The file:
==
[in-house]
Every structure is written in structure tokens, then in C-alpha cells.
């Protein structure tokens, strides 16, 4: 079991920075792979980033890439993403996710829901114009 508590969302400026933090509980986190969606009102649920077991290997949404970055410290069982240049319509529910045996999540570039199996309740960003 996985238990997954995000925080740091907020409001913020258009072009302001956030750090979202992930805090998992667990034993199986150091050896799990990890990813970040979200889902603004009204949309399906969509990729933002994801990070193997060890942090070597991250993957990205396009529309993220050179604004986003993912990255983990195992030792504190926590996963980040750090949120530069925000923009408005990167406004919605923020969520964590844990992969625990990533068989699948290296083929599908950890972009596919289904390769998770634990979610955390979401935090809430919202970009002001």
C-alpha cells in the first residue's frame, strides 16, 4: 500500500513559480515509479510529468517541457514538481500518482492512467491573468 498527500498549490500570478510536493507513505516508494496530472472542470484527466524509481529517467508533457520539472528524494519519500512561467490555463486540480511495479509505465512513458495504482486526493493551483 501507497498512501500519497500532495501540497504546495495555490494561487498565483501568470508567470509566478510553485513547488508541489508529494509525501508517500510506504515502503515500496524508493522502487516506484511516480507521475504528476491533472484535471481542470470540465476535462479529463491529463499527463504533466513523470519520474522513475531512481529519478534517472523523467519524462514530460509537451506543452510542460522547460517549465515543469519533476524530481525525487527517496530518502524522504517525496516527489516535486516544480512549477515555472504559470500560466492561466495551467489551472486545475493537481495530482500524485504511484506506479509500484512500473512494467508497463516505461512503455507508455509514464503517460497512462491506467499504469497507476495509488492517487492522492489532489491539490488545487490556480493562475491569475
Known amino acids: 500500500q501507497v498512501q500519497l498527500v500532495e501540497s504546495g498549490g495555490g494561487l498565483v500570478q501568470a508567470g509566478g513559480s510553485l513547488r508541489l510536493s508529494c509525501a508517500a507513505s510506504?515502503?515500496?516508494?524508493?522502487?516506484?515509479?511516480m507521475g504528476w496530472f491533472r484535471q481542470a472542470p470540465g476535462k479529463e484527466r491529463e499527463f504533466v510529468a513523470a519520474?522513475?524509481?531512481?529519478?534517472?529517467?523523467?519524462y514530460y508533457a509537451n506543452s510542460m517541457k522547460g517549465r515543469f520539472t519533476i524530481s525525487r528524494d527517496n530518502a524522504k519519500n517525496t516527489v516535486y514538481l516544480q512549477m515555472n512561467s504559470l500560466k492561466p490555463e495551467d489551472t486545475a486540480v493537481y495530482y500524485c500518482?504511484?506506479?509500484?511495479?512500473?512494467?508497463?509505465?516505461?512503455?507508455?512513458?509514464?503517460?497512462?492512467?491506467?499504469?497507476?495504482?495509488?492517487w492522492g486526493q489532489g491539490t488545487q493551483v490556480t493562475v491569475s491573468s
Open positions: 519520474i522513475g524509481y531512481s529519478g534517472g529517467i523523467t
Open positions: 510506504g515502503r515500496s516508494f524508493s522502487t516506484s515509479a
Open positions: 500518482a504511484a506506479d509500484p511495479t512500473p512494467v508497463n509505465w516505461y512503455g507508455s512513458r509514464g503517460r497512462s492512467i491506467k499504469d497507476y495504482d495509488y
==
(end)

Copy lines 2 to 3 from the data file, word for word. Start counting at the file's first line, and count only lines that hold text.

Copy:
Every structure is written in structure tokens, then in C-alpha cells.
């Protein structure tokens, strides 16, 4: 079991920075792979980033890439993403996710829901114009 508590969302400026933090509980986190969606009102649920077991290997949404970055410290069982240049319509529910045996999540570039199996309740960003 996985238990997954995000925080740091907020409001913020258009072009302001956030750090979202992930805090998992667990034993199986150091050896799990990890990813970040979200889902603004009204949309399906969509990729933002994801990070193997060890942090070597991250993957990205396009529309993220050179604004986003993912990255983990195992030792504190926590996963980040750090949120530069925000923009408005990167406004919605923020969520964590844990992969625990990533068989699948290296083929599908950890972009596919289904390769998770634990979610955390979401935090809430919202970009002001």